Waikato University student wins Fulbright Travel Award

30 January 2013

Megan Grainger

Fulbright: PhD student Megan Grainger has been awarded a Fulbright Travel Award to present her Masters research in Montana .

University of Waikato PhD student Megan Grainger has been awarded an exclusive Fulbright Travel Award to present her Masters research at the University of Montana. 

Fulbright New Zealand Travel Awards are for New Zealand academics, artists or professionals to present their work to American audiences, and Megan will be presenting her Masters research while continuing work on her PhD in Montana later this year.

Automotive glass

“My Masters research is on the discrimination and categorisation of automotive glass by laser ablation – this will be of particular interest to a US audience and it's work that can be carried out on automotive glass in America. My database of samples consisted of glass from around the world and showed the ability to categorise the samples into country of origin.”

However, the Fulbright Travel Award isn’t Megan’s only reason for going to Montana.

Claude McCarthy Fellowship

Last year she received a Claude McCarthy Fellowship to help her travel to the States to work more closely with her external supervisor University of Montana Professor Emeritus Richard Field – a physical chemist who specialises in nonlinear dynamics.

She was also the recipient of a Shirtcliffe Fellowship, which aims to assist students of outstanding ability and character who are graduates of a New Zealand university, in the continuation of their doctoral studies.

PhD in Organic Chemistry

Megan is completing her PhD in Organic Chemistry under the supervision of Associate Professor Merilyn Manley-Harris, studying mānuka honey.

“The Fulbright award along with the Claude McCarthy and Shirtcliffe Fellowships, have all been an incredible help to me,” says Megan.

“They have allowed me to solely focus on my research without having to worry about a part-time job outside of university to earn money to support myself. Without them I wouldn’t have been able to put in the same effort of work into my research and would not have been able to achieve what I have.”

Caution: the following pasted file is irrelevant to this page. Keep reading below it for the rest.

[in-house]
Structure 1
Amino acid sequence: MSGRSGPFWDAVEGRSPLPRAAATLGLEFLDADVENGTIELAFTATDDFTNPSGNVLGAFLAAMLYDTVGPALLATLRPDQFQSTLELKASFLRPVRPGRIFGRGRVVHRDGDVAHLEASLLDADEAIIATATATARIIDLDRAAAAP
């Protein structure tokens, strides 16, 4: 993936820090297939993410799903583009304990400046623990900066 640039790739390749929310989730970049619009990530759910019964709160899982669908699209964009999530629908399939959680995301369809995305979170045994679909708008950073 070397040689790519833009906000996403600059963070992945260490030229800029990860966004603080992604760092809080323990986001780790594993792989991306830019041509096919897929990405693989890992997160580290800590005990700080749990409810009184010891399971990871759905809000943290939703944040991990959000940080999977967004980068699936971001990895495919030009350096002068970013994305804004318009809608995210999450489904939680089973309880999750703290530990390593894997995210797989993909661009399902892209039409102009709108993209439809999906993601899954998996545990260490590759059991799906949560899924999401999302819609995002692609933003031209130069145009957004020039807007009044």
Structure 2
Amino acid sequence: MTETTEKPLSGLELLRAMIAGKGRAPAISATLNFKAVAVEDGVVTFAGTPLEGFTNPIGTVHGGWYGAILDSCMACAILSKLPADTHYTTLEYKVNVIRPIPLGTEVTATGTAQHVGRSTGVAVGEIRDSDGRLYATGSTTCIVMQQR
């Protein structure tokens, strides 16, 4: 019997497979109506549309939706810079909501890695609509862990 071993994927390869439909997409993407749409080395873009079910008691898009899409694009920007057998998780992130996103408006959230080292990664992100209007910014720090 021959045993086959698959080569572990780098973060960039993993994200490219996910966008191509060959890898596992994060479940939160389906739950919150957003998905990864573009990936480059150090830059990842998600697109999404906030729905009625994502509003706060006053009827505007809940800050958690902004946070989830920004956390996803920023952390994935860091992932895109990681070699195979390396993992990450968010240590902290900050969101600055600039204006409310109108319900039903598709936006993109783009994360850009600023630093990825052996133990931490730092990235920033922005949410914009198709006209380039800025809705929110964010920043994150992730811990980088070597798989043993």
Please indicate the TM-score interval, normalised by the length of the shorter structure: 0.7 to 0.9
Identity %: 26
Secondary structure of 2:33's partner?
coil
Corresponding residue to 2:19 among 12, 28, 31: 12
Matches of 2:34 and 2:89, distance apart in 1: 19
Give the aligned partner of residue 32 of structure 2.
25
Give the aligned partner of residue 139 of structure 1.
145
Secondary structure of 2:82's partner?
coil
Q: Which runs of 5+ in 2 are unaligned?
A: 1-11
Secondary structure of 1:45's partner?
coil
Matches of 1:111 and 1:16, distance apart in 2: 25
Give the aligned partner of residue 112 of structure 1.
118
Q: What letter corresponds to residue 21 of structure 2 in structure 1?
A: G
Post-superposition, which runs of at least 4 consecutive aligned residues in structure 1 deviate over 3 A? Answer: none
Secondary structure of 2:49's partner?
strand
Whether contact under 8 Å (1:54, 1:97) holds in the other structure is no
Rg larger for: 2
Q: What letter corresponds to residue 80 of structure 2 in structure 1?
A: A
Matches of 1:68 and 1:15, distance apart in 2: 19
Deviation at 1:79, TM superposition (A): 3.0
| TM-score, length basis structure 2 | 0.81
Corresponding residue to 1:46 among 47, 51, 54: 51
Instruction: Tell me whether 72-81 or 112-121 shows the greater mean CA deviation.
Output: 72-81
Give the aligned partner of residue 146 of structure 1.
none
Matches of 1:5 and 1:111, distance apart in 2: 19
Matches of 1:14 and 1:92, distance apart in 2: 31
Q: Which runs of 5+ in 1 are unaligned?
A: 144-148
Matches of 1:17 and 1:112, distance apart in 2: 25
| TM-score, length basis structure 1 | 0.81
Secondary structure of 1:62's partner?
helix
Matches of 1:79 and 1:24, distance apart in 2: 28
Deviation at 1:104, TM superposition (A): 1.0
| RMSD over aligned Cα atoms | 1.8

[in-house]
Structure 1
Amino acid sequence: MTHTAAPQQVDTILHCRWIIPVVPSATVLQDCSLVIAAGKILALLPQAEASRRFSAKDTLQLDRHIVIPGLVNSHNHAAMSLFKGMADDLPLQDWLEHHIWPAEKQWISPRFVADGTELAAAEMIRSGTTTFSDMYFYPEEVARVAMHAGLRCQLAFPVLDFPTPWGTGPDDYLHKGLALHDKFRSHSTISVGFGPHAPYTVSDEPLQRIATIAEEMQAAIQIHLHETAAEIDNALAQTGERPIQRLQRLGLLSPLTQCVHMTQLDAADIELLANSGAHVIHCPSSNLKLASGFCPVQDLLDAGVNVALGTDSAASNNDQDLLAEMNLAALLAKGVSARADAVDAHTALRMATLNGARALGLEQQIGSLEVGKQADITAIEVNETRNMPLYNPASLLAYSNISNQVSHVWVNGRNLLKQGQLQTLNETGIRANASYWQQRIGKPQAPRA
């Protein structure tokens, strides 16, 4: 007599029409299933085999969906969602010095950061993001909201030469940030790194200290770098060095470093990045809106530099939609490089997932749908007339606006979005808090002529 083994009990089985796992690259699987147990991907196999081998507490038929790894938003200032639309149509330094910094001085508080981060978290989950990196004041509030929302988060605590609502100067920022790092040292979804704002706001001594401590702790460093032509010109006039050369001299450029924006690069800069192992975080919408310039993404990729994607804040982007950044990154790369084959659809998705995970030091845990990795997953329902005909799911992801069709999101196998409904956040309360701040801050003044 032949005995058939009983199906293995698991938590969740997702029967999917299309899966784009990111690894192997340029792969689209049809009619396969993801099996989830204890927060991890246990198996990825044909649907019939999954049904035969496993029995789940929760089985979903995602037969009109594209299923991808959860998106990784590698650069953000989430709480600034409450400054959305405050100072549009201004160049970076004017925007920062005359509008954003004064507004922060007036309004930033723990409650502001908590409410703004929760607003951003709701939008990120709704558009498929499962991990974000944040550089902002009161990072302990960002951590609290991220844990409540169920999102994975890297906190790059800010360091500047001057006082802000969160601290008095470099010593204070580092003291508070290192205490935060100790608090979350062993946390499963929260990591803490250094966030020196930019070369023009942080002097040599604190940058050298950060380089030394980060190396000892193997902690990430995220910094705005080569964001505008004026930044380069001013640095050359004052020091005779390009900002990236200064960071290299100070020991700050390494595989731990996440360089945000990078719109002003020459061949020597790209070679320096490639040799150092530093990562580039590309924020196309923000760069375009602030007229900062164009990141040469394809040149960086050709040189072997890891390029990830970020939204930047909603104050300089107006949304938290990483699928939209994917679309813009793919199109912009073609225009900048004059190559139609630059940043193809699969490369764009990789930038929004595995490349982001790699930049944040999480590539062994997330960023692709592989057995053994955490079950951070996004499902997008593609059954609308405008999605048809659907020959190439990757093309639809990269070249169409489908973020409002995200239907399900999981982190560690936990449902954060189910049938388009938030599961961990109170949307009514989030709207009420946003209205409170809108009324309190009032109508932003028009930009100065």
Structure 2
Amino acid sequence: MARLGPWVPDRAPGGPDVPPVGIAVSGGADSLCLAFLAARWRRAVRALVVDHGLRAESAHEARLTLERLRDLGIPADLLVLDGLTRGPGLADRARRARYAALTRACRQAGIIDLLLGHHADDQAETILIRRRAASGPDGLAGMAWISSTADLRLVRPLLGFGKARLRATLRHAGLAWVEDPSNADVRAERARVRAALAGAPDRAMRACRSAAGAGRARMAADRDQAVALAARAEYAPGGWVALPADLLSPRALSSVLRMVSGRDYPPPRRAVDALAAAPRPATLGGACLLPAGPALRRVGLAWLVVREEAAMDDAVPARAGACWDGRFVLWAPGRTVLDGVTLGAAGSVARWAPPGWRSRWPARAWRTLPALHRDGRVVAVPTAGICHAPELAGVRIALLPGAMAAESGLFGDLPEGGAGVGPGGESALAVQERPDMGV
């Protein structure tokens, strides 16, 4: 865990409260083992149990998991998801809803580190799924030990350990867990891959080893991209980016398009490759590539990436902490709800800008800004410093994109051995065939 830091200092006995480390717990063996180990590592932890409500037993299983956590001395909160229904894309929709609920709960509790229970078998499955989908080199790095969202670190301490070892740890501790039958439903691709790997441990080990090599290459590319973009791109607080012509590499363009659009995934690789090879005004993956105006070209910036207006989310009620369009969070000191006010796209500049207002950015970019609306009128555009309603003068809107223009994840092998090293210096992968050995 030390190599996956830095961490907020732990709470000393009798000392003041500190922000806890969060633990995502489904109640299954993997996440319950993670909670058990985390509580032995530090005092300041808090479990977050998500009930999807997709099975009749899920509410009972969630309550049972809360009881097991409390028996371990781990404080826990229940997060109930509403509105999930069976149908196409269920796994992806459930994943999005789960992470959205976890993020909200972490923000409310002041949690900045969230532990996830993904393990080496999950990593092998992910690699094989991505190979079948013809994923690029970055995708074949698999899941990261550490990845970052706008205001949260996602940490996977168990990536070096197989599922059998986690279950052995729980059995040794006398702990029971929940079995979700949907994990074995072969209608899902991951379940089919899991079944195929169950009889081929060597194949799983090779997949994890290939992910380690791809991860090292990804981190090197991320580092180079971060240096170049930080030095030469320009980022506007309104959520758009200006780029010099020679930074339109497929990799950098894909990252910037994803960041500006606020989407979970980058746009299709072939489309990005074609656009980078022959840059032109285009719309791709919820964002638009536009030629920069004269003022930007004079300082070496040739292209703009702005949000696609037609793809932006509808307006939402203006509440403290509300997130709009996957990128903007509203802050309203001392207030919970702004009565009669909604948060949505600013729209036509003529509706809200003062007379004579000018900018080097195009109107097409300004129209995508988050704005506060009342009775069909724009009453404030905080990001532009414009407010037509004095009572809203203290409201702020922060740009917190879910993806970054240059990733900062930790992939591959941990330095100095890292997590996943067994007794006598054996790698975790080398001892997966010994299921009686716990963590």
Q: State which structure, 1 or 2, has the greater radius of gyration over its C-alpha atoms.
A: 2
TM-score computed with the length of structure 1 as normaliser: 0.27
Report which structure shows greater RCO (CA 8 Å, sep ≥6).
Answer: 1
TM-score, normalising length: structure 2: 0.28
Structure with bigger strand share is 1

Looking at mānuka honey

Her PhD is looking at the chemical conversion that occurs in mānuka honey responsible for the unique mānuka factor (UMF), and trying to find out how it occurs, and how long it takes.

She is 24 months through her PhD and is working to produce a model that will predict the ideal conversion environment.

“I have been monitoring the reaction over time in real honey and artificial honey to study the effect that different compounds have on the conversion of DHA to MGO. This will allow me to find the rate of the reaction and help beekeepers decide how long and under what storage conditions they should store their honey. 

“The aim is to be able to take this data and model what is happening in honey and apply it to real honey samples.”

Megan leaves in June and will spend two months at the University of Montana working with Professor Field.

During her time at university Megan has earned many accolades. She has received the award for top chemistry student in her year for three years in a row, has been awarded 10 scholarships throughout the years and her Masters research has been published in the Journal of Analytical Atomic Spectrometry.

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